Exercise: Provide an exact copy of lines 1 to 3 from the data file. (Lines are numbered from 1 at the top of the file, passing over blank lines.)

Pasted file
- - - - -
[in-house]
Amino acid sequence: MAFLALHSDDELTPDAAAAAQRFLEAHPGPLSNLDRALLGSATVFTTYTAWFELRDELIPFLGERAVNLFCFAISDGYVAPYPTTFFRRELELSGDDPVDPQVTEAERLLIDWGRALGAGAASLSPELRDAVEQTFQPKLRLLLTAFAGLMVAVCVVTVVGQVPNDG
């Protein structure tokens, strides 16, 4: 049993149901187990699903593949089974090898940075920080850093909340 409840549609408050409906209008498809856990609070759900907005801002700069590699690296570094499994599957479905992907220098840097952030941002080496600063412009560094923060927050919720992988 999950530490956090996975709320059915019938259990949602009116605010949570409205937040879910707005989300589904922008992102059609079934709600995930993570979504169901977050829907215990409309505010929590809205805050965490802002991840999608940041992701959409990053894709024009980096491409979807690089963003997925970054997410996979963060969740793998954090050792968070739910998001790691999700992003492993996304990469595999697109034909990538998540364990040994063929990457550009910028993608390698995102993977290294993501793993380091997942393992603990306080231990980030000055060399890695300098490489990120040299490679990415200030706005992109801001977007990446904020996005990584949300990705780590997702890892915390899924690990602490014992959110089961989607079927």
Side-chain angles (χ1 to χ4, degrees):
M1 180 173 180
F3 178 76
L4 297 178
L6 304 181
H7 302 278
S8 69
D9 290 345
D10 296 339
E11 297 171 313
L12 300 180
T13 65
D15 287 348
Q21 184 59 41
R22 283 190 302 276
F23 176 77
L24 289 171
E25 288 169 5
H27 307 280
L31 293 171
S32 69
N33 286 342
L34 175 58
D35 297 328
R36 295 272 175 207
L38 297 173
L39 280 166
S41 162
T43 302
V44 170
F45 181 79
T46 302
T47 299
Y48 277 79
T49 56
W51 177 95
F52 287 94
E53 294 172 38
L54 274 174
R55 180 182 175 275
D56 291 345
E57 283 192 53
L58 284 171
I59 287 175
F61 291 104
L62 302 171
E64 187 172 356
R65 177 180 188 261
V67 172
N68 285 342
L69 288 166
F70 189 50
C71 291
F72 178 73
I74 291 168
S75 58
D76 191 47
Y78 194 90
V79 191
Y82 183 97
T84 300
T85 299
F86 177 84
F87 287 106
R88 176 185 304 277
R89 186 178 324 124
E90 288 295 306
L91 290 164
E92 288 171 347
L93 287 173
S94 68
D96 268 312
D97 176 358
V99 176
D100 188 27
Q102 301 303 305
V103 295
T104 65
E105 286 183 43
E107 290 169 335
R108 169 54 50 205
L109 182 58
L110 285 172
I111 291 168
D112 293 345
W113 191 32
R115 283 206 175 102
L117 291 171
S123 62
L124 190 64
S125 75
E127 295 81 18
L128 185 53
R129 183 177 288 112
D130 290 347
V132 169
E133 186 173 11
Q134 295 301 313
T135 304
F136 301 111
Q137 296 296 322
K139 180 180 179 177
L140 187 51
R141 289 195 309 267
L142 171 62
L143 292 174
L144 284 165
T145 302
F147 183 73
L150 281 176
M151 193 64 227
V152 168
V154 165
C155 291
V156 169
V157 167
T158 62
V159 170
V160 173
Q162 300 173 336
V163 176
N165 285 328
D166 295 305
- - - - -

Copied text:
[in-house]
Amino acid sequence: MAFLALHSDDELTPDAAAAAQRFLEAHPGPLSNLDRALLGSATVFTTYTAWFELRDELIPFLGERAVNLFCFAISDGYVAPYPTTFFRRELELSGDDPVDPQVTEAERLLIDWGRALGAGAASLSPELRDAVEQTFQPKLRLLLTAFAGLMVAVCVVTVVGQVPNDG
């Protein structure tokens, strides 16, 4: 049993149901187990699903593949089974090898940075920080850093909340 409840549609408050409906209008498809856990609070759900907005801002700069590699690296570094499994599957479905992907220098840097952030941002080496600063412009560094923060927050919720992988 999950530490956090996975709320059915019938259990949602009116605010949570409205937040879910707005989300589904922008992102059609079934709600995930993570979504169901977050829907215990409309505010929590809205805050965490802002991840999608940041992701959409990053894709024009980096491409979807690089963003997925970054997410996979963060969740793998954090050792968070739910998001790691999700992003492993996304990469595999697109034909990538998540364990040994063929990457550009910028993608390698995102993977290294993501793993380091997942393992603990306080231990980030000055060399890695300098490489990120040299490679990415200030706005992109801001977007990446904020996005990584949300990705780590997702890892915390899924690990602490014992959110089961989607079927």